Wednesday, December 21, 2011


During the Christmas season, windows throughout the Saxony area of Germany are lit with the soft lights of Schwibbögen, or Christmas arches. These traditional displays reach back over 270 years to the silver mines of the Erzgebirge in Germany, and the first Schwibbögen, made out of wrought iron, are thought to have originated in the town of Johanngeorgenstadt.

After miners finished a long, hard day in the mines, they would hang their lanterns at the mine entrance. The twinkling lights formed a glittering arch, and these lantern arches are thought to have been the inspiration for Schwibbögen.

Schwibbögen were especially popular during the Christmas season. Christmas was the only time in the year when the hard and dangerous work in the mines came to a rest. Wives put the Schwibbögen in their cottage windows and lit the candles to welcome their husbands home after a hard day in the mines. The twinkling lights in the windows guided the miners as they trudged through darkness and snow, and welcomed them to the warmth and security of their homes and families.

During the Christmas season, large Schwibbögen are also set up in the public squares and churches in the Erzgebirge.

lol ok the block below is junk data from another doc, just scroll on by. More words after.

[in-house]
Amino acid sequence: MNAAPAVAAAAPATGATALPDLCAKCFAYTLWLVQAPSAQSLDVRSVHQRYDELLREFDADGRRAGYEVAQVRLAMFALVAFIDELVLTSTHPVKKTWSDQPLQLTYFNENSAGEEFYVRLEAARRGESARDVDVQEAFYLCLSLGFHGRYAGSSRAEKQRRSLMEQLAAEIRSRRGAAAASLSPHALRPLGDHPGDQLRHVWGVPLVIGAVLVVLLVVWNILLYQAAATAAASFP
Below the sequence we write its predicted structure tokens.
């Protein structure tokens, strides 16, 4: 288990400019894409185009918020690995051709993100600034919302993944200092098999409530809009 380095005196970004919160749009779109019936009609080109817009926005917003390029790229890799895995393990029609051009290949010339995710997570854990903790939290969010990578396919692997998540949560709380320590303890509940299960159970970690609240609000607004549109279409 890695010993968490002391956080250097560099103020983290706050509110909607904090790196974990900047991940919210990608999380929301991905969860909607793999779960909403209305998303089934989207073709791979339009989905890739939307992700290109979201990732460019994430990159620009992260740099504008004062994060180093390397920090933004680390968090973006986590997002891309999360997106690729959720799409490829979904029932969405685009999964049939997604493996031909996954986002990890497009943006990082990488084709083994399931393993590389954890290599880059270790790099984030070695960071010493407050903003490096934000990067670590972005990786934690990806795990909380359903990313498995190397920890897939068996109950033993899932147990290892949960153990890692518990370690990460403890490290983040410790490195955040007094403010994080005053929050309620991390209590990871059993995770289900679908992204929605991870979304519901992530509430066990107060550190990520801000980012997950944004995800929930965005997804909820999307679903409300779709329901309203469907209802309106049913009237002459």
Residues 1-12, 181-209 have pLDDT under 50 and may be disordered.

Home craftsmen soon began to work with wood because of its natural beauty and warmth. The making of Schwibbögen quickly became an important source
of income throughout the Erzgebirge.

Ann bought me this lovely German Schwibbögen for Christmas.  It looks so lovely in front of the window on our dining table!  I love it! thanks Ann!

Here are some photos of others I found on the internet. The oldest and the newest!
The oldest existing wrought iron Schwibbogen is in Johanngeorgenstadt (1778)
This is quite elaborate... most I've seen are very simple.


Jo said...

very cool ... i love the oldest ... that would be a treasure!

Sue C said...

Awww, how pretty - and thanks for the history lesson:)